Wednesday, September 21, 2005

Hated Music

Paul Flahetry / Chris Corsano Duo
Metropolis Book Shoppe - North Syracuse, NY
Wednesday, September 21st

The sax and drums duo could be considered the string quartet of free jazz. Like the string quartet, the sax and drums duo focuses on the most important instruments in the genre. I'll admit that I am biased in favor of reed instruments, but I think it's fairly obvious that the saxophone is the most important instrument in free jazz. The sax can really tap into a range of sounds, colors, and emotions that can only be topped by the human voice, in my opinion. Free jazz appeals to listeners on such a visceral level that it only makes sense that the saxophone is its sharpest tool.

Flaherty definitely draws his inspiration from the first generation of free jazz saxophonists. He alternated between the alto and tenor horns tonight. He played both with a big sound and a lot of vibrato, but not a lot of resonance. His notes didn't hang around. He played most of the night at full steam, but showed an impressive amount of lyricsm the few times that he explored more placid sonic terrain.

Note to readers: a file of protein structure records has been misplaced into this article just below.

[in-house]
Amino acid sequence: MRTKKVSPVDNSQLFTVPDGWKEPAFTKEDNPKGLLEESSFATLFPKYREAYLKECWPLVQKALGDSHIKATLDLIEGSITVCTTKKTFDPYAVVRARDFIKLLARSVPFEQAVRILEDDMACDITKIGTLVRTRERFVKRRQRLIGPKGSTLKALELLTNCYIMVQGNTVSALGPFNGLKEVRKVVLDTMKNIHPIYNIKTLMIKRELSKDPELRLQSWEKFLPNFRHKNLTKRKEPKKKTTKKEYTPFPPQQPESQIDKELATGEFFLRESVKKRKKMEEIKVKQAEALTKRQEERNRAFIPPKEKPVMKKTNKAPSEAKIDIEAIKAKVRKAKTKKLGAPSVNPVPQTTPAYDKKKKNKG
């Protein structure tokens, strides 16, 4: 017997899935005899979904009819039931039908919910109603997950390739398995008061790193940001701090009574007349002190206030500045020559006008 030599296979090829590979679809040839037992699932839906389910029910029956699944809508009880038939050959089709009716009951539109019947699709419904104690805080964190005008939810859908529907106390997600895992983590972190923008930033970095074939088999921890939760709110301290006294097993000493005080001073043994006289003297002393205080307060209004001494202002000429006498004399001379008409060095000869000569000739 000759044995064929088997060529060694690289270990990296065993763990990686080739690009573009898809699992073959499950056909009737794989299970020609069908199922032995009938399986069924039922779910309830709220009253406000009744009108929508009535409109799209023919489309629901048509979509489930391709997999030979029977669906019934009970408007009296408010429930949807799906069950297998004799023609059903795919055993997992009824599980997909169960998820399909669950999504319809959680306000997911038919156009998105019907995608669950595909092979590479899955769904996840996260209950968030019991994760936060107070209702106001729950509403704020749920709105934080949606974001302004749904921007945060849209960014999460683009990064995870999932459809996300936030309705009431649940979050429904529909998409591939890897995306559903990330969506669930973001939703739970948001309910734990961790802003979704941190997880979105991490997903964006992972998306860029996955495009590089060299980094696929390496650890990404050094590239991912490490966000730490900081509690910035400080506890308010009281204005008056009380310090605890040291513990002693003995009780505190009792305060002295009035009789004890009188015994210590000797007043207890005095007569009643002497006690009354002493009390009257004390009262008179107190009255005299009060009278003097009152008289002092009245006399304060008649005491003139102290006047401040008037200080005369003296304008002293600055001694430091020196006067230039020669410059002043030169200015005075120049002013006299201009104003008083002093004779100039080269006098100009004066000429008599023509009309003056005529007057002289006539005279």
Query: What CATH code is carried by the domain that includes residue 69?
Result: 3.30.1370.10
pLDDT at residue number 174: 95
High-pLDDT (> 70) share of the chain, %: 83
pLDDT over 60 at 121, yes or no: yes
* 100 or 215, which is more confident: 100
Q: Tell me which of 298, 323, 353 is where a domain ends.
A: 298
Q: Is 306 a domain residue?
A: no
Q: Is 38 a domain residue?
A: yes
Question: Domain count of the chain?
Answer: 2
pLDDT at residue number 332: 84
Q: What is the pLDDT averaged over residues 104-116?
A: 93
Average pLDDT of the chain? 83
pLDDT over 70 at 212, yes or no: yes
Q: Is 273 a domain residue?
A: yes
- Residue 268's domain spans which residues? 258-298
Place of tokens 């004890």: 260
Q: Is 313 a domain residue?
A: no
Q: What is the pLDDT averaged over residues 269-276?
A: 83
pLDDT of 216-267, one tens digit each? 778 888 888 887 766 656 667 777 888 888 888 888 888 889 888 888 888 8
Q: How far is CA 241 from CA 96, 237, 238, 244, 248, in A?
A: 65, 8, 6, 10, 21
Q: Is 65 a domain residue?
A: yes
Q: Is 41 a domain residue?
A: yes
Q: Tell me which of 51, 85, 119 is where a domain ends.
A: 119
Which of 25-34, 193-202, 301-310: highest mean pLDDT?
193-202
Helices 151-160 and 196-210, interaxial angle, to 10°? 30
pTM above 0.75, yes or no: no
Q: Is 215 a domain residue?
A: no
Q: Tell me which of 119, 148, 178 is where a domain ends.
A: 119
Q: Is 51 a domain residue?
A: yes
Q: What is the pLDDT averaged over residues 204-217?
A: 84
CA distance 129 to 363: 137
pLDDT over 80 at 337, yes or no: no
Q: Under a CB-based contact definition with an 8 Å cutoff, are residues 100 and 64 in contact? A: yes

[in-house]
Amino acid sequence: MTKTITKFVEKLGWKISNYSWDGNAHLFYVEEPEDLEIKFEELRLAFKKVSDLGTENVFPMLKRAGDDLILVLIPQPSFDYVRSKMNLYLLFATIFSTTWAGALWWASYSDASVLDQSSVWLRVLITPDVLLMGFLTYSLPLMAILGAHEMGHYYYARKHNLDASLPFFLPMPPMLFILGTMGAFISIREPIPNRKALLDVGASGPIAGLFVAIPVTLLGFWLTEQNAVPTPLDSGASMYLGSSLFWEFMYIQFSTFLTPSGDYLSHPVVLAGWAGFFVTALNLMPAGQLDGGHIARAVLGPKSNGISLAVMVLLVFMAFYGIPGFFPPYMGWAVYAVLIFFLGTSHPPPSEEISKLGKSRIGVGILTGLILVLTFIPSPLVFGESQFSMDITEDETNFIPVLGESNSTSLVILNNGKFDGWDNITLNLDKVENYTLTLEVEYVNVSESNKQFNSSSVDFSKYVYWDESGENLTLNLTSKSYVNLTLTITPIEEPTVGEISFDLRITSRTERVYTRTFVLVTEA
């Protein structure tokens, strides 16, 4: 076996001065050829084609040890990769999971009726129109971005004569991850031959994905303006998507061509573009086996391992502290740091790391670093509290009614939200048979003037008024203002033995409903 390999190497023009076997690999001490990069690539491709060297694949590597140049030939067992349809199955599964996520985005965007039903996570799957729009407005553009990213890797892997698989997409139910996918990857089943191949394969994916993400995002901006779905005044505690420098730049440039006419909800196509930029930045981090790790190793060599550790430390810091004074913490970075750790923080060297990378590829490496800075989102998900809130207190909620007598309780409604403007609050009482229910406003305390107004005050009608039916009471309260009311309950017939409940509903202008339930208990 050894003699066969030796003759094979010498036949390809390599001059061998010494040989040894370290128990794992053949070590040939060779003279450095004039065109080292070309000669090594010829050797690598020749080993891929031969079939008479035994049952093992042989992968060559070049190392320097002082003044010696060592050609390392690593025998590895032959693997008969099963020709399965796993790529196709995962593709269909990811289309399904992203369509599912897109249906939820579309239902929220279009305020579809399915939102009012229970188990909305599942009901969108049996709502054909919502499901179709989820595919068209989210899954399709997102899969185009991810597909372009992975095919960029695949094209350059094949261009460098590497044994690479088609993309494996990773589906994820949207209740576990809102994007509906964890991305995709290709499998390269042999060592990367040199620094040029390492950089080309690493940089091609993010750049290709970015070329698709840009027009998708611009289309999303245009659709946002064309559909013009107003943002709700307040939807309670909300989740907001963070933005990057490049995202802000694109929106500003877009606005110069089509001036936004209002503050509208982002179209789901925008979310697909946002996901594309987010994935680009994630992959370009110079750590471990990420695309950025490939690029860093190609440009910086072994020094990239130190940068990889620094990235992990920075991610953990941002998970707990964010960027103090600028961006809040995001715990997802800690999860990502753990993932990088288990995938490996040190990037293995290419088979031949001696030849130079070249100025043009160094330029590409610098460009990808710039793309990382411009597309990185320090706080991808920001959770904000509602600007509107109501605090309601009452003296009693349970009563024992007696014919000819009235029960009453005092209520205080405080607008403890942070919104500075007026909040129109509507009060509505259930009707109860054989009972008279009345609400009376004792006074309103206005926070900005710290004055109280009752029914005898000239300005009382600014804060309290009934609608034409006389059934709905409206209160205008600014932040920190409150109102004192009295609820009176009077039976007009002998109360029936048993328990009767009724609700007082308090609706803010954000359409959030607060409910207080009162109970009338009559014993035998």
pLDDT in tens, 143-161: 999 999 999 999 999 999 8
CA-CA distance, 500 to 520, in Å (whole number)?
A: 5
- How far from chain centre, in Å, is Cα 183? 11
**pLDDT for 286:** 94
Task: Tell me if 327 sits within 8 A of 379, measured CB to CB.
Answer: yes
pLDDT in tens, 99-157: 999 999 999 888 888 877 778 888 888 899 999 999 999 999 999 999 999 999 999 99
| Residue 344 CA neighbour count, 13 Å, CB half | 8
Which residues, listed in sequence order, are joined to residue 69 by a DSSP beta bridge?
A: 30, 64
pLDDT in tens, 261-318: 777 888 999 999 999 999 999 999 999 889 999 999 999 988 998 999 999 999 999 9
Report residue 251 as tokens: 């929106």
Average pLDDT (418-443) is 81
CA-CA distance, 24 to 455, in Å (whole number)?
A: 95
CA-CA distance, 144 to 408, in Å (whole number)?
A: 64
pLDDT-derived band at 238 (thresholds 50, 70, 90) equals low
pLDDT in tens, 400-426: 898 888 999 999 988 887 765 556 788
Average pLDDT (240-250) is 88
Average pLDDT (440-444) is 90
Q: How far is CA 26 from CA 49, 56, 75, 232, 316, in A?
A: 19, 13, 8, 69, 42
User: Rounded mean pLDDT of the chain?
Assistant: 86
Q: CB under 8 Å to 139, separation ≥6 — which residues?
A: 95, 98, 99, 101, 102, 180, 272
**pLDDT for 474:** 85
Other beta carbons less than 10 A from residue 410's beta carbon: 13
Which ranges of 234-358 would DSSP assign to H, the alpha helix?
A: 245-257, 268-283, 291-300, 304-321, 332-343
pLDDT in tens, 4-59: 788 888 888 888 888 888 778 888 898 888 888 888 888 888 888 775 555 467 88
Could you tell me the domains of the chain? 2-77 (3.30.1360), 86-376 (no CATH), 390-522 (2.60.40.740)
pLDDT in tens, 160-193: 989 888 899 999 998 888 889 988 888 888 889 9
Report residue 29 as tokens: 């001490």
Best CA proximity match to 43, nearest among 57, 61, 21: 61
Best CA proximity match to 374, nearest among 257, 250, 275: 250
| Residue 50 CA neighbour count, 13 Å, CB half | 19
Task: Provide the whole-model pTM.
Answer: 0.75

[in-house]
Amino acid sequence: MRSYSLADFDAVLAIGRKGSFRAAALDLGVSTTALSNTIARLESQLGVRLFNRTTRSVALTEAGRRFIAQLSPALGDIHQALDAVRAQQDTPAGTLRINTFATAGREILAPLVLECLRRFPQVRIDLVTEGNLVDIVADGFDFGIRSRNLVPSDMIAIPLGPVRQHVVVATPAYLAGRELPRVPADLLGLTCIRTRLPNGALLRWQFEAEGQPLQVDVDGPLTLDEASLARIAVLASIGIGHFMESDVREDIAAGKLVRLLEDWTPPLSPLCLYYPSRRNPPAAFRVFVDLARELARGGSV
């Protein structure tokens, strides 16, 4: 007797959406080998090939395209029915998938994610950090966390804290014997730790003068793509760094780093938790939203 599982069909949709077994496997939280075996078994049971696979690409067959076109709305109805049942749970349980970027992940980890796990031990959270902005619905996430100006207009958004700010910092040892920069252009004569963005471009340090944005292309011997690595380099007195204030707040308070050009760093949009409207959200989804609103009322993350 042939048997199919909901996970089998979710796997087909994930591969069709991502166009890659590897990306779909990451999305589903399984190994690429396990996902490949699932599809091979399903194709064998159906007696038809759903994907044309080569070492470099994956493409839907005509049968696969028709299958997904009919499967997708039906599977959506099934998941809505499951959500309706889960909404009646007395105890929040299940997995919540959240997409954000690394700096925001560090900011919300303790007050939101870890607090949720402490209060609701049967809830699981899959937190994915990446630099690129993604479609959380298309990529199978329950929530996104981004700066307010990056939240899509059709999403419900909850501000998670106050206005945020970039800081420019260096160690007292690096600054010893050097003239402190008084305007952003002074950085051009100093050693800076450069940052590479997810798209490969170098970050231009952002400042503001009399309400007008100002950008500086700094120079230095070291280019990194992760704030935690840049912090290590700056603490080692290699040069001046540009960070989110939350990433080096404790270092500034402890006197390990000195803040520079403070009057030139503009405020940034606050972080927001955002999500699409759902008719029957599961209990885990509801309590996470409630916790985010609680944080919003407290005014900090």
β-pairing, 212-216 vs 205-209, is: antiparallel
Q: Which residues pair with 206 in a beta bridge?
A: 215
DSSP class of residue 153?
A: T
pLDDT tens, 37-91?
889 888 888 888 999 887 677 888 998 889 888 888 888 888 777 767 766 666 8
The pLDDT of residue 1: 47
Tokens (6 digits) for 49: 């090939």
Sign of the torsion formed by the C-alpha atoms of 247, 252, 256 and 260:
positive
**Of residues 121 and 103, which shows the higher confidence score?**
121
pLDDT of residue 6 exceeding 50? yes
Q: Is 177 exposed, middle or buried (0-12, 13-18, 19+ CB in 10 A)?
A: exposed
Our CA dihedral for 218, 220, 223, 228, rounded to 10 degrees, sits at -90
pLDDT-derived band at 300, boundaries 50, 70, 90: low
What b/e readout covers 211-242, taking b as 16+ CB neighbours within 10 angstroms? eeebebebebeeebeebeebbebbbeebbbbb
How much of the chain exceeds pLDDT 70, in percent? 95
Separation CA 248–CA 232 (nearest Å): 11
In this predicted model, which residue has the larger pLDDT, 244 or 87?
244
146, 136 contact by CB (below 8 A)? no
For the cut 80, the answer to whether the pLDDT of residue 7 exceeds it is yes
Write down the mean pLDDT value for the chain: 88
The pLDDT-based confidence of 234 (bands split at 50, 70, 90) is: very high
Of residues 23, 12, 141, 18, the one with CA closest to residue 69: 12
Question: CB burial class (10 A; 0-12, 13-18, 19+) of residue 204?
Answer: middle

Corsano's drumming was even more aggressive than Flaherty's playing. He too showed his softer side with some really interesting effects, including a lot of bowed cymbals and something similar to the metal "bowls" that I've seen guys like Tatsuya Nakatani use, which brought some eastern influence into some of the music.

While I enjoyed the show, I wouldn't rate it as one of the better concerts I've ever seen. The free improv sax and drums duo is probably one of the more challenging musical contexts you can work in. If the players are not on the same page, it's going to be pretty obvious. To make matters worse, everyone in the audience is going to be comparing your stuff to the classics of the genre while they listen. These guys put on a great show, but the music was a little bit too one-dimensional and the communication between them wasn't always as strong as it could have been.

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